Mankind uses antibiotics quite incompetently and irresponsibly. We run into the danger of losing the effectiveness of these great inventions in the treatment of life-threatening infections, through resistance. We even did so within two, at most three generations. We call resistant pathogens the microorganisms that succeed in turning around the battle between chemistry and bacteria.
Project ‘100 years of antibiotics’
Episode 39. TBC
Episode 40. Leprosy
Episode 41. Sore throat, runny nose and other unfortunate conditions
Episode 42. Disputable applications
Episode 43. Veterinary use
The most important causes of resistance are:
– Unnecessary humane use, on harmless infections or conditions, not caused by bacteria
– Humane use gone wrong, often as the result of not finishing the cure; that gives the latent resistant bacteria new opportunities for survival
– Too much use of antibiotics in the veterinary sector, both in pets and in productive animals
– Large-scale use in fodder as a growth enhancing agent and/or for the prevention of any possible infection.
We will discuss these causes in detail; and not smooth them over.
Vanity and ignorance
Often, vanity and ignorance are at the root of a promising development gone wrong. These are particularly toxic if they coincide. An example of vanity is the idea that we could put an end to all diseases in the world (an idea that came up when we discovered that many dangerous infections are caused by bacteria). As if bacteria were the only pathogens. That idea was reinforced by the actual development of the sulfas and the discovery of penicillin and streptomycin. We didn’t wonder how and why antibiotics are produced by all kinds of microorganisms; and even if we did wonder, answers were very slow to develop. Insights into the causes of resistance went down the same road. Vanity came to its summit around 1950, in the concepts discussed earlier:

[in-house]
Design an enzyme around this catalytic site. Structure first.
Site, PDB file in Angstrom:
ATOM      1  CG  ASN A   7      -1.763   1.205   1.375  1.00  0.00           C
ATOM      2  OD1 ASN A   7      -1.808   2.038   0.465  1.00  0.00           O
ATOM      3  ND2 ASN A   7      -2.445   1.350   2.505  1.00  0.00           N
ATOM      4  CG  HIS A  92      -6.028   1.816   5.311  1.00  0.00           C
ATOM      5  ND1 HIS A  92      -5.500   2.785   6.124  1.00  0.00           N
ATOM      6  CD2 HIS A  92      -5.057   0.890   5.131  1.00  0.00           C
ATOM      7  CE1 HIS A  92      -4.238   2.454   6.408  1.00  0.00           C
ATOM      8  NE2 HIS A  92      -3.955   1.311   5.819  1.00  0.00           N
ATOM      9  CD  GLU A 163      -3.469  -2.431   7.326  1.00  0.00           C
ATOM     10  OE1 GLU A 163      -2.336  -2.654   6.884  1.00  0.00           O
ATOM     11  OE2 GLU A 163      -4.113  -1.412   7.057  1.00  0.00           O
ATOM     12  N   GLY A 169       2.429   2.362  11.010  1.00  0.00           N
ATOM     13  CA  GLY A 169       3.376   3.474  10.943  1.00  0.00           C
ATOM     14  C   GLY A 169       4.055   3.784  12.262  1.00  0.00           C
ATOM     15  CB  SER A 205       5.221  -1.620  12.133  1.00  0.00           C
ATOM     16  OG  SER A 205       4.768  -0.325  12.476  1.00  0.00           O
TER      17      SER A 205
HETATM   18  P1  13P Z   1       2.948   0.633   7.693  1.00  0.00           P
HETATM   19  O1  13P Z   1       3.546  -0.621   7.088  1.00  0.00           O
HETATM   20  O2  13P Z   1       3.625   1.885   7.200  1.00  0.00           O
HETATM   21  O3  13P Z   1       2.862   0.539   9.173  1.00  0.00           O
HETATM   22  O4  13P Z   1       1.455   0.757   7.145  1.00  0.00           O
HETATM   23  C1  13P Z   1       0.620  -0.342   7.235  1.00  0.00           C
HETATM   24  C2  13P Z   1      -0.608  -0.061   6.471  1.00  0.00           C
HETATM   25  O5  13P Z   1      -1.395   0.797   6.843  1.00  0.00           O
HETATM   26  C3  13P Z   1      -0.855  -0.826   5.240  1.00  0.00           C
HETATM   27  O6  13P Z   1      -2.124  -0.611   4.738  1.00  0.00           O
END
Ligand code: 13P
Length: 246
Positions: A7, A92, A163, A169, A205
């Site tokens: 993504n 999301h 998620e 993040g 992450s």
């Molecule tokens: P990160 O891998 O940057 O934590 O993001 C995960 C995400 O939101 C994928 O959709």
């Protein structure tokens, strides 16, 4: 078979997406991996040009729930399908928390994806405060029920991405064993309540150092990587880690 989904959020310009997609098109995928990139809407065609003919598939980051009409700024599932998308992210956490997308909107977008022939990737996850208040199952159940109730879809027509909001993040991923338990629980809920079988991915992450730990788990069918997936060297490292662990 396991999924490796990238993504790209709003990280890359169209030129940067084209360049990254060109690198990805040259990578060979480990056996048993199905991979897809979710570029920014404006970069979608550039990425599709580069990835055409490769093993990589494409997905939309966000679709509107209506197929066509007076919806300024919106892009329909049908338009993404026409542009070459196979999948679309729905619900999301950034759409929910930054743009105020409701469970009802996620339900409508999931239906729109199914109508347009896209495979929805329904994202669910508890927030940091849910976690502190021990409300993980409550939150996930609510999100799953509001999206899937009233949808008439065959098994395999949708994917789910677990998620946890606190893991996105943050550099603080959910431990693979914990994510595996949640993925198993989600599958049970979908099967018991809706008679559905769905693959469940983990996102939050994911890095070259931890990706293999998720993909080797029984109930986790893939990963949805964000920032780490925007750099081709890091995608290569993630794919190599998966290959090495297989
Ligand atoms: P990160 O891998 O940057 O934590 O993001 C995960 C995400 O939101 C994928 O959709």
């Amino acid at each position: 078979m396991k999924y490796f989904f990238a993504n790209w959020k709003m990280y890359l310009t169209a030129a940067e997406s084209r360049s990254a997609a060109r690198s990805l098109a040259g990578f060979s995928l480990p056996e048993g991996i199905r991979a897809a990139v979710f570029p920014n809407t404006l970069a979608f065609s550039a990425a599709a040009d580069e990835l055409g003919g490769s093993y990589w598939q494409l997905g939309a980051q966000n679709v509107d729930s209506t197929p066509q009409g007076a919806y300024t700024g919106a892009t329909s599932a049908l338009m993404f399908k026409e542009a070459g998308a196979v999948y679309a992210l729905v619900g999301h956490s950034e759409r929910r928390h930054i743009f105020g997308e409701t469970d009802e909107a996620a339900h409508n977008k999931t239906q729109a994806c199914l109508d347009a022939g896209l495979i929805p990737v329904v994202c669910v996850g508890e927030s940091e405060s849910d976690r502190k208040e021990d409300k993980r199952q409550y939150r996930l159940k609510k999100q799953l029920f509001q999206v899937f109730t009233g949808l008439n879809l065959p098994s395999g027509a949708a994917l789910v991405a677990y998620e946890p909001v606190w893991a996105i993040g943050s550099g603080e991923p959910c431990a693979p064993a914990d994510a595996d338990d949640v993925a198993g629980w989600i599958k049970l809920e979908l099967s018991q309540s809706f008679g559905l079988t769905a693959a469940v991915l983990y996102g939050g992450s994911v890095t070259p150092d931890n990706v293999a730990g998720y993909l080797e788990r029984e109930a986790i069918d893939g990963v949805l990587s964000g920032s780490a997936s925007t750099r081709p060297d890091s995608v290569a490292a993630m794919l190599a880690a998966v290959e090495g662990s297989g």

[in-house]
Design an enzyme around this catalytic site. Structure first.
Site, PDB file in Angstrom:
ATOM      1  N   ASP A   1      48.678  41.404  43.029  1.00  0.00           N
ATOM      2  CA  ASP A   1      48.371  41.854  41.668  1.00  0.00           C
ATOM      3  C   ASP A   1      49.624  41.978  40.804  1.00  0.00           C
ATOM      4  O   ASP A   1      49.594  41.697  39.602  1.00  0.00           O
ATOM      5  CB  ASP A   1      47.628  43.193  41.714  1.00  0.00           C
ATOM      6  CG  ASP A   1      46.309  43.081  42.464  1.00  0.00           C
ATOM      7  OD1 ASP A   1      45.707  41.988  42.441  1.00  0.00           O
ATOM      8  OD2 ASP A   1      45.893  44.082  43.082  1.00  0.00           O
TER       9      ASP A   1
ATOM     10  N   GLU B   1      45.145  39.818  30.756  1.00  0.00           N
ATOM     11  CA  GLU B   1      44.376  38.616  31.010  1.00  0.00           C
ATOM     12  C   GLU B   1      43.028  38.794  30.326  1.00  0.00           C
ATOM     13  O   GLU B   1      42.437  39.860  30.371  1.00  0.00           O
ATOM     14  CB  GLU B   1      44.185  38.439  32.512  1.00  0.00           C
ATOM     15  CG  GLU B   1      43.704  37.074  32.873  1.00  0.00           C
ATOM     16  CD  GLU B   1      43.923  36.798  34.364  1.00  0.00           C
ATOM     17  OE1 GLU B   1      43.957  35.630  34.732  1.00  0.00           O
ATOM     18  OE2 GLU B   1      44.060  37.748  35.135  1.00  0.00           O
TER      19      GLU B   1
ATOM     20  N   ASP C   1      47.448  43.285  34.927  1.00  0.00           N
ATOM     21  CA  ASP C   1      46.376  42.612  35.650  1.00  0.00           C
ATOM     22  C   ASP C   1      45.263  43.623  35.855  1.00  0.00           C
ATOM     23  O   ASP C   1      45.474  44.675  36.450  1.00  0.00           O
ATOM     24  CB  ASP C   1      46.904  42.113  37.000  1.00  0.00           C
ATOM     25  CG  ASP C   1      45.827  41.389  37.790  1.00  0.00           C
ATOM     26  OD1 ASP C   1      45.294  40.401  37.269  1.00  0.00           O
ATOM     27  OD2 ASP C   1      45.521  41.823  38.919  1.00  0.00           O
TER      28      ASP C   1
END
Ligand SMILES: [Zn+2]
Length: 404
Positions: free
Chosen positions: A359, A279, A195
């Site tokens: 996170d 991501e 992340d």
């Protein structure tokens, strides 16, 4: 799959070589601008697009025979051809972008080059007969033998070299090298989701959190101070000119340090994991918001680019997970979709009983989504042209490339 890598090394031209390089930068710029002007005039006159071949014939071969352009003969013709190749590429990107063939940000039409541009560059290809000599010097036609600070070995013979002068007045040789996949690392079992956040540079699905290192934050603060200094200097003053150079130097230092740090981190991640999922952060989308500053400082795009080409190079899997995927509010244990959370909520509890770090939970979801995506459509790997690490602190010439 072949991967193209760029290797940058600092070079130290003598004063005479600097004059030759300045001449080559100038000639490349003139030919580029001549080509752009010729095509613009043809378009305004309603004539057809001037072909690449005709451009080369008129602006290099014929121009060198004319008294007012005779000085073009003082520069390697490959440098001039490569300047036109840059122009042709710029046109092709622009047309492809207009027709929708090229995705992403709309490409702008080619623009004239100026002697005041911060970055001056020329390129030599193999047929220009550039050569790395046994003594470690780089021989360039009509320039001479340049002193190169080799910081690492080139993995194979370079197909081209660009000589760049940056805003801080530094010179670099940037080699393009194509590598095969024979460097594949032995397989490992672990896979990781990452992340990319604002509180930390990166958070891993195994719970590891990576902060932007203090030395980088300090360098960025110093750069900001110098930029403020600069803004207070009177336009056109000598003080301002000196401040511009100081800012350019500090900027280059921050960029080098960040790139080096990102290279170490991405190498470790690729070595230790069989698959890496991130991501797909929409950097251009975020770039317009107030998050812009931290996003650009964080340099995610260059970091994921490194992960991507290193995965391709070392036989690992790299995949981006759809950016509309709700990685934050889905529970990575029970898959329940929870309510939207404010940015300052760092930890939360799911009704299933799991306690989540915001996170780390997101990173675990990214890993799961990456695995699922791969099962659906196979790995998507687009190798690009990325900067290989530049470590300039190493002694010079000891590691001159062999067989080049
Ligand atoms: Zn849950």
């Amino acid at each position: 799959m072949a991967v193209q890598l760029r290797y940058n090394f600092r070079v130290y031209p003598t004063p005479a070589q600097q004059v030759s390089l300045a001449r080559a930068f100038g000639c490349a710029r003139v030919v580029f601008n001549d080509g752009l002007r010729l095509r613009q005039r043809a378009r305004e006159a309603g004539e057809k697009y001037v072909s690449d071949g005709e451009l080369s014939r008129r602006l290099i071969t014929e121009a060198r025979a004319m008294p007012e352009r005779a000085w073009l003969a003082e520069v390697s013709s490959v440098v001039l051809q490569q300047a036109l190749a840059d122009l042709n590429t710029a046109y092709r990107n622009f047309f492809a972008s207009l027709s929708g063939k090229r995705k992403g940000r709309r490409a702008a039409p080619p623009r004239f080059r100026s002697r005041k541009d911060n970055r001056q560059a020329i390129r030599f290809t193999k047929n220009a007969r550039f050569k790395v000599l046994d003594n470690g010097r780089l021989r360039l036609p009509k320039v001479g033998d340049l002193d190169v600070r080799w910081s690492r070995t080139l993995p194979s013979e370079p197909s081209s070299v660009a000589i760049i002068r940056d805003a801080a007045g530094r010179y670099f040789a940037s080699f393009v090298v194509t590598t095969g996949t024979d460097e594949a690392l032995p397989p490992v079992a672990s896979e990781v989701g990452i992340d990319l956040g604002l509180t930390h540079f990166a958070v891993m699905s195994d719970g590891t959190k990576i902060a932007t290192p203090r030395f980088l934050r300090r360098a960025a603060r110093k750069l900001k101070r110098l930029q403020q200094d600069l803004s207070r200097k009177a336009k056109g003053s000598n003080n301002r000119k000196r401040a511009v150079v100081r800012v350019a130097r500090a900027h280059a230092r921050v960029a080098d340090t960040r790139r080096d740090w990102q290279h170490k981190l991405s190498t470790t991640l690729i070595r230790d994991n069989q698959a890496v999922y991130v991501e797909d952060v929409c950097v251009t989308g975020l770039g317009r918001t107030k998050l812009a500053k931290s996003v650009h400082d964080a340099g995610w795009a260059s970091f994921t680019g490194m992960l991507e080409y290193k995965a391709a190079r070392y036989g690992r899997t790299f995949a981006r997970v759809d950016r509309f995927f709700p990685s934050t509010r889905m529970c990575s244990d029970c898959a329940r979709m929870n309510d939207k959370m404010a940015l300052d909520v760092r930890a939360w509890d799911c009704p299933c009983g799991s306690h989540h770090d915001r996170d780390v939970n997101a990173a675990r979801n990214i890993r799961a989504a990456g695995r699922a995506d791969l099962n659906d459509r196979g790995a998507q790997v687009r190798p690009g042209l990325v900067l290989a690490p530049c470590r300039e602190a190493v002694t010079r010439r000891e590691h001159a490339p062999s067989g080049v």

– We can cure all illnesses by use of the proper medicines
– We can unlearn bad habits.
Nowadays we will phrase it differently; but our present misunderstandings of the potential of the medical science and the pharmaceutic industry are almost as important. There still is a large divide between what we (think we) know, and what we can redress or cure. In modern marketing and in the media, we can find even harsher exaggerations than in the triumphant and often misleading headlines when sulfas and penicillins were discovered.
After the triumphant publications on the life-saving achievements of the sulfas and the penicillins, doctors gradually start to prescribe them routinely. Less important discomfort now comes into the picture for treatment by antibiotics. Take the sore throat. Less than 10% of sore throats is caused by a bacterium. But more than 70% of patients with a sore throat who visit their doctors, will leave the premises with a recipe for an antibiotic. Whereas all doctors have everything at their disposal that will allow them within 10 minutes to know what the cause of the condition is. Moreover, almost all sore throats will heal all by themselves within three to five days.
Abdominal pain is another condition that is often unnecessarily treated with antibiotics. We need to establish the real cause first. It is quite possible that there are a number of causes at the same time. The only bacterium that can be involved is H.Pylori, the bacterium that causes ulcers. We do need to treat that with antibiotics. And yet, keeping up the stomach’s acidity is the best way to contain H.Pylori’s growth. A simple treatment consists of ingestion of diluted apple cider or vinegar during the meal. Other remedies for containing the growth of H.Pylori are cranberry, liquorice root, golden seal (Hydrastis canadensis) and camomile. Generally speaking, infections that are not life-threatening should not be treated with antibiotics. Most of these conditions blow over all by themselves; in addition to that, there are many common medicines that can cure conditions.
A recurring theme on the question whether or not to prescribe antibiotics is, what to do if one runs into problems with the intestinal tract while on holiday. Almost always these are caused by bacteria, primarily the well-known E.coli; or campylobacter, and in rare cases, the cholera bacterium. Viruses play their part as well, albeit in a minority of cases. The Norovirus is infamous, it pops up not just on holiday or on a cruise ship, but in homes for the elderly as well. We don’t have vaccines, except for cholera.